You arrive at a brilliant insight or an idea hits you. Consider it an aha moment. Then you immediately want to tell someone. Your eyes light up, and your words go a mile a minute full of enthusiasm. The words come to an immediately crashing halt. The person, who have chosen to share this aha, interrupts you. They barrage you with seemingly off topic questions. Finally, they make comments like, “That doesn’t make sense…” or “That won’t work…”
Have you experienced a conversation like this? Instead of seeing the big picture, a person nitpicks at miniscule details. Rather than inviting conversation, you feel squashed.
How often do people experience nitpicking and squashing when they talk to us?
Context matters in our conversations. That means attempting to recognize how a person would like you to listen. In our greatest moments of enthusiasm, most of us look for support or encouragement. I don’t think we want to nitpick intentionally or squash. It happens without us recognizing it.
Providing feedback is as much about timing as content. Author and professor, Dr. Timothy George, has been quoted saying, “Grace precedes truth on purpose.” When we place being right over the relationship, we run the risk of not understanding the other person.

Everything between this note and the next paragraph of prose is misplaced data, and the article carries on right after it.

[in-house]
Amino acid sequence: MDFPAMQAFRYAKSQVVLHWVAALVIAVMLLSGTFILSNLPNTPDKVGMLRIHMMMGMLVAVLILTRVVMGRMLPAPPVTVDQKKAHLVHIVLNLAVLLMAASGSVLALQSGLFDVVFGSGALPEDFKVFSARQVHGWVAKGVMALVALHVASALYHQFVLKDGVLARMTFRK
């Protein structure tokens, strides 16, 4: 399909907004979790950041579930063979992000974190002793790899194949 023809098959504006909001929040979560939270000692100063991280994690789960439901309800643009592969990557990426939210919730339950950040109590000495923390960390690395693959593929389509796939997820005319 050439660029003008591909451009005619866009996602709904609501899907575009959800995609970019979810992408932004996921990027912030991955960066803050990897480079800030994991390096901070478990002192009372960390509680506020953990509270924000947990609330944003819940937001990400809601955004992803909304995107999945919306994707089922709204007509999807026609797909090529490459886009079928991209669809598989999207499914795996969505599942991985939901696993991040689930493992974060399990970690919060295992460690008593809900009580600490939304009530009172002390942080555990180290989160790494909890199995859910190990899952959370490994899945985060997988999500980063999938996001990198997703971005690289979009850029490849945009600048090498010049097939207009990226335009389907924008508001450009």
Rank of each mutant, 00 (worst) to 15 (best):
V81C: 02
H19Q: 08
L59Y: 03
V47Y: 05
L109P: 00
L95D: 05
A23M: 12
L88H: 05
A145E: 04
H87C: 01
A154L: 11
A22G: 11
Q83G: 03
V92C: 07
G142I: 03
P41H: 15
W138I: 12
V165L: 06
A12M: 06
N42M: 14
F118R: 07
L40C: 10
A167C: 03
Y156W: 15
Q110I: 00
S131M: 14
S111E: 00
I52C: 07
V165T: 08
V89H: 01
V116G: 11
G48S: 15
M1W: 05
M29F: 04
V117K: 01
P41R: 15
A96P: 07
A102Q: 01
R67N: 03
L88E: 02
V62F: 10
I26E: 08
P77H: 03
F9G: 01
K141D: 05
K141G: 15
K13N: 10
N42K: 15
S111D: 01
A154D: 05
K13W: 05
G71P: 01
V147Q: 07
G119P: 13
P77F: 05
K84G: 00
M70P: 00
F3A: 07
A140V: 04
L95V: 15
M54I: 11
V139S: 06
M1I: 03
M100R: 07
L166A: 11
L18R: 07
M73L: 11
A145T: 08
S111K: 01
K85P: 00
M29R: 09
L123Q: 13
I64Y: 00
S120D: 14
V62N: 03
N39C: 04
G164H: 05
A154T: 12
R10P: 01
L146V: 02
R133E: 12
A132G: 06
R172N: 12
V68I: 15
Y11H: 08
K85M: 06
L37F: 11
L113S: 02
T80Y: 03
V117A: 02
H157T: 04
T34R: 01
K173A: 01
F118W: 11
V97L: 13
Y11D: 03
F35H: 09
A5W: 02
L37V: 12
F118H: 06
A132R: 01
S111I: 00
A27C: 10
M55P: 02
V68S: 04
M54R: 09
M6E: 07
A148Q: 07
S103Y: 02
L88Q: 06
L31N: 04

What are ways that we can avoid in our conversations with others nitpicking the details and squashing the ideas? Here are a few ideas:
1. Listen to all that a person has to say.
Interrupting, no matter the intention, will deflate someone’s insight they want to share. Listen with your body language especially eye contact. Give them the opportunity to be heard.
2. Repeat back what they just said to you.
When you listen, you can restate what they told you. You can start by saying, “If I understand you right, you…” They now have an opportunity to respond to you and many people appreciate the effort of understanding.
3. Ask an appropriate amount of questions.
There’s a gap between interrogation and thoughtful questions. Nitpicking can sound like, “Did you think about this or that?” Thoughtful questions invite conversation. They welcome the back story and look to the big picture.
4. Affirm the positive.
Look to the creativity in their thought process. Share with them what you like about their insight. Encourage them.
5. Seek permission to offer your feedback.
Wisdom recognizes the right time for feedback. You may want to take some time to think over what they have told you. They may ask for feedback right away. Look to offer grace first and then share the truth in a way that they can hear.
How have you avoided nitpicking and squashing in your relationships?
Photo Credit Ryan McGuire on Gratisography.